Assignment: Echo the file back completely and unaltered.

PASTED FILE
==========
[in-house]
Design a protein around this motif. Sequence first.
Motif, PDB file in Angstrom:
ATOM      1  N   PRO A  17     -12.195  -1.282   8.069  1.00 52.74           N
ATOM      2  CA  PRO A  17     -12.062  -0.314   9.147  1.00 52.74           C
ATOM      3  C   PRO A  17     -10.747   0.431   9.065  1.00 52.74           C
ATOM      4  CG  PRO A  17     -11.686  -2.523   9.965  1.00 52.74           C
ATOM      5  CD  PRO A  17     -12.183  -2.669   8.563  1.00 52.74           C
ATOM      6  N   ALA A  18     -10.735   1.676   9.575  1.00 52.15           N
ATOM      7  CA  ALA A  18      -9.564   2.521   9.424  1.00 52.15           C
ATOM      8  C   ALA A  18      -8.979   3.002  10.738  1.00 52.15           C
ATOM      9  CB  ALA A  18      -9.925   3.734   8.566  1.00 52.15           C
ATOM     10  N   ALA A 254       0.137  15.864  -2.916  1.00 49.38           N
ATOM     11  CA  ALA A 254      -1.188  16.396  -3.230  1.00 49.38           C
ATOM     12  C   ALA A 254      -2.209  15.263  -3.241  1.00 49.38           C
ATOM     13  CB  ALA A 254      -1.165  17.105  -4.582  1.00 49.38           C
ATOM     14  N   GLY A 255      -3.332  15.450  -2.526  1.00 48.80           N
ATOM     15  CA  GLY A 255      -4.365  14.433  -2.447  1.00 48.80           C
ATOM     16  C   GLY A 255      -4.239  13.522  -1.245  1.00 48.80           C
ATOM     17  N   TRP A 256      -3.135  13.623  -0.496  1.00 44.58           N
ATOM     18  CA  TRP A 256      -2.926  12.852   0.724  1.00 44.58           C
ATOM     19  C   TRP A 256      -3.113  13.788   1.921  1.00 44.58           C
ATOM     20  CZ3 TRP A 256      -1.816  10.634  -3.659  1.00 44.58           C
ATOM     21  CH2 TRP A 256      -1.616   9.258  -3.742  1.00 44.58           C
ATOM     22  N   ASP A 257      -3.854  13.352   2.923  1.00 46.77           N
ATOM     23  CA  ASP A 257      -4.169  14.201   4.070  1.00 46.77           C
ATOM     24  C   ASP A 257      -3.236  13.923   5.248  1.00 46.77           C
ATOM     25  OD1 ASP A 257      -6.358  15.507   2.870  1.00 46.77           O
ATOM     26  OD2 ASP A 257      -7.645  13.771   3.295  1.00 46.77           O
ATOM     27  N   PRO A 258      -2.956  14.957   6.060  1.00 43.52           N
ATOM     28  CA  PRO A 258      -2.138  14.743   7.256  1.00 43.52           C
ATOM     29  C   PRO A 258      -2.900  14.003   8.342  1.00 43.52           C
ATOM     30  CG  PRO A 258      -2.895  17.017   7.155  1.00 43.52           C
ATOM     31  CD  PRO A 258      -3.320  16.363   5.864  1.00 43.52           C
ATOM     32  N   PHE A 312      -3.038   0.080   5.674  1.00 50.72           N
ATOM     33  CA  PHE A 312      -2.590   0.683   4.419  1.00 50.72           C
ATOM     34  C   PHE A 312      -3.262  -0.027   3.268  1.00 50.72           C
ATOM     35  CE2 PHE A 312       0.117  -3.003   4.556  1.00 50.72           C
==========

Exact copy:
[in-house]
Design a protein around this motif. Sequence first.
Motif, PDB file in Angstrom:
ATOM      1  N   PRO A  17     -12.195  -1.282   8.069  1.00 52.74           N
ATOM      2  CA  PRO A  17     -12.062  -0.314   9.147  1.00 52.74           C
ATOM      3  C   PRO A  17     -10.747   0.431   9.065  1.00 52.74           C
ATOM      4  CG  PRO A  17     -11.686  -2.523   9.965  1.00 52.74           C
ATOM      5  CD  PRO A  17     -12.183  -2.669   8.563  1.00 52.74           C
ATOM      6  N   ALA A  18     -10.735   1.676   9.575  1.00 52.15           N
ATOM      7  CA  ALA A  18      -9.564   2.521   9.424  1.00 52.15           C
ATOM      8  C   ALA A  18      -8.979   3.002  10.738  1.00 52.15           C
ATOM      9  CB  ALA A  18      -9.925   3.734   8.566  1.00 52.15           C
ATOM     10  N   ALA A 254       0.137  15.864  -2.916  1.00 49.38           N
ATOM     11  CA  ALA A 254      -1.188  16.396  -3.230  1.00 49.38           C
ATOM     12  C   ALA A 254      -2.209  15.263  -3.241  1.00 49.38           C
ATOM     13  CB  ALA A 254      -1.165  17.105  -4.582  1.00 49.38           C
ATOM     14  N   GLY A 255      -3.332  15.450  -2.526  1.00 48.80           N
ATOM     15  CA  GLY A 255      -4.365  14.433  -2.447  1.00 48.80           C
ATOM     16  C   GLY A 255      -4.239  13.522  -1.245  1.00 48.80           C
ATOM     17  N   TRP A 256      -3.135  13.623  -0.496  1.00 44.58           N
ATOM     18  CA  TRP A 256      -2.926  12.852   0.724  1.00 44.58           C
ATOM     19  C   TRP A 256      -3.113  13.788   1.921  1.00 44.58           C
ATOM     20  CZ3 TRP A 256      -1.816  10.634  -3.659  1.00 44.58           C
ATOM     21  CH2 TRP A 256      -1.616   9.258  -3.742  1.00 44.58           C
ATOM     22  N   ASP A 257      -3.854  13.352   2.923  1.00 46.77           N
ATOM     23  CA  ASP A 257      -4.169  14.201   4.070  1.00 46.77           C
ATOM     24  C   ASP A 257      -3.236  13.923   5.248  1.00 46.77           C
ATOM     25  OD1 ASP A 257      -6.358  15.507   2.870  1.00 46.77           O
ATOM     26  OD2 ASP A 257      -7.645  13.771   3.295  1.00 46.77           O
ATOM     27  N   PRO A 258      -2.956  14.957   6.060  1.00 43.52           N
ATOM     28  CA  PRO A 258      -2.138  14.743   7.256  1.00 43.52           C
ATOM     29  C   PRO A 258      -2.900  14.003   8.342  1.00 43.52           C
ATOM     30  CG  PRO A 258      -2.895  17.017   7.155  1.00 43.52           C
ATOM     31  CD  PRO A 258      -3.320  16.363   5.864  1.00 43.52           C
ATOM     32  N   PHE A 312      -3.038   0.080   5.674  1.00 50.72           N
ATOM     33  CA  PHE A 312      -2.590   0.683   4.419  1.00 50.72           C
ATOM     34  C   PHE A 312      -3.262  -0.027   3.268  1.00 50.72           C
ATOM     35  CE2 PHE A 312       0.117  -3.003   4.556  1.00 50.72           C